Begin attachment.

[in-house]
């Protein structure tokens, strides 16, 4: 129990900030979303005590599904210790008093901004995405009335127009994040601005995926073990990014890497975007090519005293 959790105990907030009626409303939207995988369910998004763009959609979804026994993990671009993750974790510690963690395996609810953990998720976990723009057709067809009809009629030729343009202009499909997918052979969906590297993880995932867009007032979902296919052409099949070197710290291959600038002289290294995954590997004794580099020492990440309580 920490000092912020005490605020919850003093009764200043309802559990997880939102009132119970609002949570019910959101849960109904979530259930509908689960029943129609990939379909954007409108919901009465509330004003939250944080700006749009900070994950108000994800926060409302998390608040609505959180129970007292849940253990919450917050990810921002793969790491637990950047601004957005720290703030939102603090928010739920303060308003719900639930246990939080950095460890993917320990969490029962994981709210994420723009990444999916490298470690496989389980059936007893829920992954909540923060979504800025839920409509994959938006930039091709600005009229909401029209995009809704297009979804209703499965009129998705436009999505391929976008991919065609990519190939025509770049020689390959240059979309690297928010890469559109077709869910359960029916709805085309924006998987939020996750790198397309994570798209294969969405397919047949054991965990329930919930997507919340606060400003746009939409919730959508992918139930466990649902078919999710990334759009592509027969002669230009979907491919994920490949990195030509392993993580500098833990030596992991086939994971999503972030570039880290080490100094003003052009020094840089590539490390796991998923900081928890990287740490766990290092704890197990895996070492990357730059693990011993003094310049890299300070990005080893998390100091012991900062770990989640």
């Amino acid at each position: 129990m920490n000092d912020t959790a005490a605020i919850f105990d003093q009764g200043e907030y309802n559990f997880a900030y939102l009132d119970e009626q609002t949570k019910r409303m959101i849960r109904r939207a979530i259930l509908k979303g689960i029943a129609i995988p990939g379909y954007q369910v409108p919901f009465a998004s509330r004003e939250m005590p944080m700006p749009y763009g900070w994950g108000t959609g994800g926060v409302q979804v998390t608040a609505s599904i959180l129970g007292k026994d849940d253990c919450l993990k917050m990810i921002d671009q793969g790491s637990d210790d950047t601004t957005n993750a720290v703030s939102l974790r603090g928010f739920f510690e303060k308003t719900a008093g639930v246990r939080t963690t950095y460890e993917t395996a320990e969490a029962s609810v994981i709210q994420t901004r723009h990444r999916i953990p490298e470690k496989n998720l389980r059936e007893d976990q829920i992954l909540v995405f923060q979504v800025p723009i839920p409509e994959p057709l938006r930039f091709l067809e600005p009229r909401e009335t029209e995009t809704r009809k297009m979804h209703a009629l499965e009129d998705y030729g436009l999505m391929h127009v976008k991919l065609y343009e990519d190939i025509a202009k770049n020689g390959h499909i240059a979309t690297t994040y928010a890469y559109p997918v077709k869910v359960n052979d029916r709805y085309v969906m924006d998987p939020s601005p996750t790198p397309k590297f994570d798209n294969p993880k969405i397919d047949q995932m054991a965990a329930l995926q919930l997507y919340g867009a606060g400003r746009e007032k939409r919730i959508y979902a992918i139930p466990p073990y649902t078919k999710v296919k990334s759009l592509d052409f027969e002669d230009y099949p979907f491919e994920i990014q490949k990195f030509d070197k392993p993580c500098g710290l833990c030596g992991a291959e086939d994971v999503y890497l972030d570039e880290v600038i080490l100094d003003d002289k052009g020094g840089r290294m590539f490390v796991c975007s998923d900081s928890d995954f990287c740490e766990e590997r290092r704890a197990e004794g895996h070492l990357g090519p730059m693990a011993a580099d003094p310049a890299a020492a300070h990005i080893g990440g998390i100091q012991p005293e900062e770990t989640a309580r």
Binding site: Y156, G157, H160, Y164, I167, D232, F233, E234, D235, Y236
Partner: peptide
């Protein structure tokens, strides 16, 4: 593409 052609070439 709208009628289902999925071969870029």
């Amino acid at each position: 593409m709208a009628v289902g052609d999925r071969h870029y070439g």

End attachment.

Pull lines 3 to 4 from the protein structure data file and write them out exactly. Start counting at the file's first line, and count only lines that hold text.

């Amino acid at each position: 129990m920490n000092d912020t959790a005490a605020i919850f105990d003093q009764g200043e907030y309802n559990f997880a900030y939102l009132d119970e009626q609002t949570k019910r409303m959101i849960r109904r939207a979530i259930l509908k979303g689960i029943a129609i995988p990939g379909y954007q369910v409108p919901f009465a998004s509330r004003e939250m005590p944080m700006p749009y763009g900070w994950g108000t959609g994800g926060v409302q979804v998390t608040a609505s599904i959180l129970g007292k026994d849940d253990c919450l993990k917050m990810i921002d671009q793969g790491s637990d210790d950047t601004t957005n993750a720290v703030s939102l974790r603090g928010f739920f510690e303060k308003t719900a008093g639930v246990r939080t963690t950095y460890e993917t395996a320990e969490a029962s609810v994981i709210q994420t901004r723009h990444r999916i953990p490298e470690k496989n998720l389980r059936e007893d976990q829920i992954l909540v995405f923060q979504v800025p723009i839920p409509e994959p057709l938006r930039f091709l067809e600005p009229r909401e009335t029209e995009t809704r009809k297009m979804h209703a009629l499965e009129d998705y030729g436009l999505m391929h127009v976008k991919l065609y343009e990519d190939i025509a202009k770049n020689g390959h499909i240059a979309t690297t994040y928010a890469y559109p997918v077709k869910v359960n052979d029916r709805y085309v969906m924006d998987p939020s601005p996750t790198p397309k590297f994570d798209n294969p993880k969405i397919d047949q995932m054991a965990a329930l995926q919930l997507y919340g867009a606060g400003r746009e007032k939409r919730i959508y979902a992918i139930p466990p073990y649902t078919k999710v296919k990334s759009l592509d052409f027969e002669d230009y099949p979907f491919e994920i990014q490949k990195f030509d070197k392993p993580c500098g710290l833990c030596g992991a291959e086939d994971v999503y890497l972030d570039e880290v600038i080490l100094d003003d002289k052009g020094g840089r290294m590539f490390v796991c975007s998923d900081s928890d995954f990287c740490e766990e590997r290092r704890a197990e004794g895996h070492l990357g090519p730059m693990a011993a580099d003094p310049a890299a020492a300070h990005i080893g990440g998390i100091q012991p005293e900062e770990t989640a309580r």
Binding site: Y156, G157, H160, Y164, I167, D232, F233, E234, D235, Y236